Transition to MEOSAR (White Paper)


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The International Cospas-Sarsat Programme initiated the development of the Medium-altitude Earth Orbiting Satellite System for Search and Rescue (MEOSAR system) in 2004, with SAR repeaters placed on the satellites of the Global Navigation Satellite Systems (GNSS) of Europe (Galileo), Russia (Glonass) and the USA (GPS). Early operational capability (EOC) data from the MEOSAR system will be available from late-2016 and full operational capability (FOC) of the system is anticipated in 2018. MEOSAR will initially complement the existing LEOSAR (satellites in low-altitude orbits) and GEOSAR (satellites in geostationary orbit) systems, and will eventually replace the LEOSAR system.

The Cospas-Sarsat System

The Cospas-Sarsat System is comprised of:

  • distress radiobeacons (ELTs for aviation use, EPIRBs for maritime use, and PLBs for personal use) which transmit signals during distress situations,
  • instruments on board satellites which detect the signals transmitted by distress radiobeacons,
  • ground receiving stations, referred to as Local Users Terminals (LUTs), which receive and process the satellite downlink signal to generate distress alerts, and
  • Mission Control Centers (MCCs) which receive alerts produced by LUTs and forward them to Search and Rescue Points of Contacts (SPOCs).

The current operational Cospas-Sarsat System includes two types of satellites:

  • satellites in low-altitude Earth orbit (LEO) which form the LEOSAR System,
  • satellites in geostationary Earth orbit (GEO) which form the GEOSAR System.

The future Cospas-Sarsat System will include satellites in medium-altitude Earth orbit (MEO). Once fully operational, the MEOSAR system will provide global coverage and near-real-time beacon detection and independent location.

The MEOSAR System

Global Navigation Satellite System (GNSS) satellites orbit the Earth at an altitude between 19,000 and 23,000 km, a range considered as medium-altitude Earth orbit. Hence this component of Cospas-Sarsat is known as the Medium-altitude Earth Orbit Search and Rescue system, or MEOSAR. It will complement the existing LEOSAR and GEOSAR systems.

The current LEOSAR and GEOSAR systems that detect and locate distress beacons have shortcomings that MEOSAR will overcome. The GEOSAR system constantly covers the entire Earth except the high-latitude (i.e., polar) regions. While the GEOSAR system can receive beacons distress messages across most of the globe, it cannot locate a beacon unless the location is encoded in the beacon’s message from a local navigation (GNSS) receiver. The LEOSAR system can locate a beacon without location information being transmitted in the beacon message (or can confirm the location even if positon information is transmitted in the beacon message), but the LEOSAR satellites have a view of only a small part of the Earth at any given time, which at times creates a delay in the distress signal reaching a ground station. While LEOSAR and GEOSAR still provide valuable search-and-rescue capabilities, MEOSAR is a revolution in technology.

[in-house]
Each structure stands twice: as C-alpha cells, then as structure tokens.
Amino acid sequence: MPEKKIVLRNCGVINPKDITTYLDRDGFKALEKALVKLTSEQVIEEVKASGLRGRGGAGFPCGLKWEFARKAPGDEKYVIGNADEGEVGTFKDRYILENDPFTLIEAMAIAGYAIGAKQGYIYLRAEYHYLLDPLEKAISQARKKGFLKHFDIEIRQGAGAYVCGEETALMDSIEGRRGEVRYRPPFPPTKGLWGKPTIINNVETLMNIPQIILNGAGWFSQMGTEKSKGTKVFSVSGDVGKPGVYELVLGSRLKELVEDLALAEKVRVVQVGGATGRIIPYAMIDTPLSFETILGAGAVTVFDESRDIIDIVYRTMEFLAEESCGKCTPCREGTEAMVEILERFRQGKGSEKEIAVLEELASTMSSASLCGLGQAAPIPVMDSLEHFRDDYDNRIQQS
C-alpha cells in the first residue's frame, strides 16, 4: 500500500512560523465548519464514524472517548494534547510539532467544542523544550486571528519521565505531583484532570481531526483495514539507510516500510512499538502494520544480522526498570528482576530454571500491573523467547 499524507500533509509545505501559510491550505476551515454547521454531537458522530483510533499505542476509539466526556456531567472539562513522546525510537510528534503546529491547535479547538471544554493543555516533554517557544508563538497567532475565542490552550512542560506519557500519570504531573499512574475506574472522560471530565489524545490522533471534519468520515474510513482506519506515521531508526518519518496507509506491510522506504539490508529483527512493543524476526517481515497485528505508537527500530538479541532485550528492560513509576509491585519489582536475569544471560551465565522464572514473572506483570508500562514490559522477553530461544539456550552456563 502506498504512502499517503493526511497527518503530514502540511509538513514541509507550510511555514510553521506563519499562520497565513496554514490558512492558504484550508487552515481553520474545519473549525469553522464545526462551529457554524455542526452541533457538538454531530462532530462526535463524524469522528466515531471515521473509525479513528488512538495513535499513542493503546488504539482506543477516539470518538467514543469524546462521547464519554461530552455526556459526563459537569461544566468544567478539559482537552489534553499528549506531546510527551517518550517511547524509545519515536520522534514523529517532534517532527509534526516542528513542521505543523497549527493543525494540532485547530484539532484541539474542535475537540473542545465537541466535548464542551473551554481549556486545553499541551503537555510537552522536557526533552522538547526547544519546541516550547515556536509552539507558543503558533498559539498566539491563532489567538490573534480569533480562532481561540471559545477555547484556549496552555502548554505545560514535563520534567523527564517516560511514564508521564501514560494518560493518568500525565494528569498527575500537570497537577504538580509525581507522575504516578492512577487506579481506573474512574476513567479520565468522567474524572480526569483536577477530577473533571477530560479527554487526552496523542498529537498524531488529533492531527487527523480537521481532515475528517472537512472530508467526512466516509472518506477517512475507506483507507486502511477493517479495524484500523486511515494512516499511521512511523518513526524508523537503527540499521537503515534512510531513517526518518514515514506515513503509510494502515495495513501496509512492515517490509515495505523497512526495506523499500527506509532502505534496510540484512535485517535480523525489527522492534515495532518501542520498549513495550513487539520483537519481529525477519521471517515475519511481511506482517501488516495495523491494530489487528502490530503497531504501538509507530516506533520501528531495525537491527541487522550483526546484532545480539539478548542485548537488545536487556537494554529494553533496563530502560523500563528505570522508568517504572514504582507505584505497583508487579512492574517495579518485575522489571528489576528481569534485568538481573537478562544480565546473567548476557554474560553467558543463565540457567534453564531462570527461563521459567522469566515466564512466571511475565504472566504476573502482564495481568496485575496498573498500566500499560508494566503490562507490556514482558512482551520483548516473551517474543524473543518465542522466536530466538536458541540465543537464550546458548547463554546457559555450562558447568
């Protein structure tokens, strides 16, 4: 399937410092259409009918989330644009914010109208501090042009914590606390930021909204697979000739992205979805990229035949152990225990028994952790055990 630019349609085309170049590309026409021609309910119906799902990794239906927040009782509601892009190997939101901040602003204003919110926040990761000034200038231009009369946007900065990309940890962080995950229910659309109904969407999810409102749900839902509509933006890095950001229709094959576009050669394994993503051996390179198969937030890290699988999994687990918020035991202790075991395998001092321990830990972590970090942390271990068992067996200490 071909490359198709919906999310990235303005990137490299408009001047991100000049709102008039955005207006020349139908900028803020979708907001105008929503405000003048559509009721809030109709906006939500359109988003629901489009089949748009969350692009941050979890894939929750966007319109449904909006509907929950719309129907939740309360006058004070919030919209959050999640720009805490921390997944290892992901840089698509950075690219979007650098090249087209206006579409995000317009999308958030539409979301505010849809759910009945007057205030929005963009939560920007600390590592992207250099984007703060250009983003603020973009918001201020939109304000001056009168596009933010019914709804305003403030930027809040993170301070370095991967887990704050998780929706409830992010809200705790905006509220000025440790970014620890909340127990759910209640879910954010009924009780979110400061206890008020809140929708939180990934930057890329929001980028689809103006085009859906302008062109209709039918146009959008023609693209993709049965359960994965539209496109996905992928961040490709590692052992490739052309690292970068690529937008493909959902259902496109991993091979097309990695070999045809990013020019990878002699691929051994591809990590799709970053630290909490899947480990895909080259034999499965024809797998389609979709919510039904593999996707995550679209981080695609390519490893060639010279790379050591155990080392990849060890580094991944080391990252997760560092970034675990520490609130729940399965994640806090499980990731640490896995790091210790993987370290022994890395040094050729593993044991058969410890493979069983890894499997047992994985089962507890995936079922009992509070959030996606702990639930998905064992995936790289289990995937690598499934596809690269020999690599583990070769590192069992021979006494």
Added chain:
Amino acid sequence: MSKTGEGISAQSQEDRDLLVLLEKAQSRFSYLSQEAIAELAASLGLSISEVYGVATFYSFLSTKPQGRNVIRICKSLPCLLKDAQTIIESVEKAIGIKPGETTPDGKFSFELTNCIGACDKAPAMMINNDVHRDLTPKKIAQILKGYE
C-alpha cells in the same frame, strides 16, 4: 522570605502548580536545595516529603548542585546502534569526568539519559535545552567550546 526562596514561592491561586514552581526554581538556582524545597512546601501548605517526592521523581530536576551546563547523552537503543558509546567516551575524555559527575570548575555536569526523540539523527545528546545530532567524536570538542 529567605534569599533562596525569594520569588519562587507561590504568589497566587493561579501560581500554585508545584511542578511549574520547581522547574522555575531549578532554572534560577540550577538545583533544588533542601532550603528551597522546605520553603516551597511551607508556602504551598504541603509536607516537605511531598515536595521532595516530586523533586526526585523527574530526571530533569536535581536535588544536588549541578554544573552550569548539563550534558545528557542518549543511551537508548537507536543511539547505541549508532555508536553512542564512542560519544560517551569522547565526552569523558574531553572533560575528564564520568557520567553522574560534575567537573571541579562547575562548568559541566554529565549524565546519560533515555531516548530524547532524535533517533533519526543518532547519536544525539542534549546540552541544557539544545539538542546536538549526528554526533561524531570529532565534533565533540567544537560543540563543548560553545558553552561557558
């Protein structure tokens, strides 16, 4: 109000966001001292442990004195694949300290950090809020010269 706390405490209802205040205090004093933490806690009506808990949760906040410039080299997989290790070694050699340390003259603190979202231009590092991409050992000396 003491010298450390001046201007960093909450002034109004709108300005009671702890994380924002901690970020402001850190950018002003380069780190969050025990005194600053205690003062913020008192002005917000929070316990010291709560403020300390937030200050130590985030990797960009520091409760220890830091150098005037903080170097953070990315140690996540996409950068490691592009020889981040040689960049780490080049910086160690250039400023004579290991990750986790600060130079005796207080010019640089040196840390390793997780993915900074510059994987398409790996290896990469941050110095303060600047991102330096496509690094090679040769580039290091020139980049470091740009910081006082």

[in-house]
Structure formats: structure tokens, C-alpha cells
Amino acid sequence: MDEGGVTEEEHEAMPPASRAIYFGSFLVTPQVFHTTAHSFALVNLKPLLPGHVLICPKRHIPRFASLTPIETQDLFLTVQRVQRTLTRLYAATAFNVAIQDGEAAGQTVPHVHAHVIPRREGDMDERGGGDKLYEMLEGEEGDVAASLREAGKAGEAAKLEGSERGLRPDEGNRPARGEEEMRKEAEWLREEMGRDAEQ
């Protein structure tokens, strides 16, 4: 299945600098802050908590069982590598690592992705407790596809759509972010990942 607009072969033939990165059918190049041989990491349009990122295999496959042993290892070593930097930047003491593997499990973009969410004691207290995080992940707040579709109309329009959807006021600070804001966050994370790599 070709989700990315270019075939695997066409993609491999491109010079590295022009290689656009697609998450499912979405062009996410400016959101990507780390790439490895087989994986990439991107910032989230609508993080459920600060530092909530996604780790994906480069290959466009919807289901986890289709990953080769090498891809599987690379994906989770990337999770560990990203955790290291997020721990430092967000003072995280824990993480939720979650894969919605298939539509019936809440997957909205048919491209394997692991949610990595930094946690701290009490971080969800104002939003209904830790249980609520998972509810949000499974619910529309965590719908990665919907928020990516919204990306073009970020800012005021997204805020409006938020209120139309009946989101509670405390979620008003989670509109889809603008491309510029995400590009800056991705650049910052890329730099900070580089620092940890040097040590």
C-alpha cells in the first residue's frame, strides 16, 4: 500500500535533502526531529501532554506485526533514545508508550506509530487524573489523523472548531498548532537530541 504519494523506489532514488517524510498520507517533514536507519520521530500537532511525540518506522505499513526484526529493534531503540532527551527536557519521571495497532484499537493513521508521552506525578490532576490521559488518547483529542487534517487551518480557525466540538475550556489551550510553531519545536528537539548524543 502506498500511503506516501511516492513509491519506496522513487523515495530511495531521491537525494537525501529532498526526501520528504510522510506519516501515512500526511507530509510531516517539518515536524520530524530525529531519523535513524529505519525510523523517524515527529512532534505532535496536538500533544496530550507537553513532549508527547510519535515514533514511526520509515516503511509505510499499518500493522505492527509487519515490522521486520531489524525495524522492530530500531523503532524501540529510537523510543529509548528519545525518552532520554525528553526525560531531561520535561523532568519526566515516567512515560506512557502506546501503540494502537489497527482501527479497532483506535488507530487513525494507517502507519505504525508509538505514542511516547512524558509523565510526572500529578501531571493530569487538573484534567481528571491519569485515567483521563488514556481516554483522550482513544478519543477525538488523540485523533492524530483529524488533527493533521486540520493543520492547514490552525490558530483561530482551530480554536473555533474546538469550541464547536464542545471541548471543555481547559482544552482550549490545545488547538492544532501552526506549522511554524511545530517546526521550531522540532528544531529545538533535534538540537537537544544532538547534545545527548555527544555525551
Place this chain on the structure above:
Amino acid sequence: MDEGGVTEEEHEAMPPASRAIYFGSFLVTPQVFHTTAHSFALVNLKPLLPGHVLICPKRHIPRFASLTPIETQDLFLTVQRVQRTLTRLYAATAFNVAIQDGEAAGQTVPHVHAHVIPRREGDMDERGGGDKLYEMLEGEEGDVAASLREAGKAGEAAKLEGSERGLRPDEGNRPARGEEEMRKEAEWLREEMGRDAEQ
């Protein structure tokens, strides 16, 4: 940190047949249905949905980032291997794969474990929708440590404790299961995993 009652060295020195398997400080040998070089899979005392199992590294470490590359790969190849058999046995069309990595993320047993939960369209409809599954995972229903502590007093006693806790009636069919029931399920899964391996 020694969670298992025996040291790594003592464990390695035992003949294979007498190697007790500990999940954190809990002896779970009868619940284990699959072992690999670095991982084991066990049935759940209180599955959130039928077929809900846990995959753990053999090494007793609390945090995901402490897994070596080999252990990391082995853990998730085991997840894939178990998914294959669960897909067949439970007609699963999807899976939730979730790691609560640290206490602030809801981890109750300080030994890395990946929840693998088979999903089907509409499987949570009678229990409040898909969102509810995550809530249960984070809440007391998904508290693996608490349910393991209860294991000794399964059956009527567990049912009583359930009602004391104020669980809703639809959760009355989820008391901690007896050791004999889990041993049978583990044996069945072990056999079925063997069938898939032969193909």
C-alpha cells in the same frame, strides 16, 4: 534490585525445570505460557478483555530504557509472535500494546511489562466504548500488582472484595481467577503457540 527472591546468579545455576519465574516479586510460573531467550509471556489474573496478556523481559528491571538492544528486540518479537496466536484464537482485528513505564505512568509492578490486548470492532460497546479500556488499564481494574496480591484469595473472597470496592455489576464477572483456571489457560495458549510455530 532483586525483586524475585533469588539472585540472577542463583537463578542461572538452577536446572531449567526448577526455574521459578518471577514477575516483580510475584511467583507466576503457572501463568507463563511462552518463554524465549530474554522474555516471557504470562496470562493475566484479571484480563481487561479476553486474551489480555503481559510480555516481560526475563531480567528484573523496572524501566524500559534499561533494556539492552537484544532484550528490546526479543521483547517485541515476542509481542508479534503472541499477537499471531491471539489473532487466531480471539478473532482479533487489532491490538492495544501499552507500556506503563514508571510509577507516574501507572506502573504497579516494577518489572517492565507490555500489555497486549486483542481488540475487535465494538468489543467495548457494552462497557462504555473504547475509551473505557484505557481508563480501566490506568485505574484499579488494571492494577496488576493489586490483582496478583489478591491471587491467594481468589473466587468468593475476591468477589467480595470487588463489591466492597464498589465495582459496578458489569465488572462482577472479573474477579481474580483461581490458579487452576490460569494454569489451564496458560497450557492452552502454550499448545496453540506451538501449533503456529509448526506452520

Once fully operational, the MEOSAR system will offer the advantages of both the LEOSAR and GEOSAR systems without their limitations by providing transmission of the distress message and independent location of the beacon, with near-real-time worldwide coverage. The MEOSAR system will facilitate other planned enhancements for Cospas-Sarsat beacons, such as a return-link-service (RLS) transmission to a distress beacons that will provide, for example, the user with a confirmation that the distress message has been received.

The large number of MEOSAR satellites that will be in orbit when the system is fully operational will allow each distress message to be relayed at the same time by several satellites to several ground antennas, improving the likelihood of quick detection and improving the accuracy of the location determination.

At the beginning of 2013, Cospas-Sarsat entered a Demonstration and Evaluation (D&E) phase for the MEOSAR system to show that MEOSAR performance meets expectations, and that distress alerts received by SAR authorities from the MEOSAR system have the required reliability and accuracy.

The MEOSAR early operational capability (EOC), where distress alerts provided by the MEOSAR system are provided to SAR authorities for operational use began in December 2016. The EOC phase will be followed by the initial operational capability (IOC) phase that will provide improved MEOSAR performance. When enough MEOSAR satellites and commissioned ground stations (MEOLUTs) are available to provide worldwide, near-real-time coverage, the MEOSAR system will be declared at full operational capability (FOC), which is anticipated in 2018.

The MEOSAR System Concept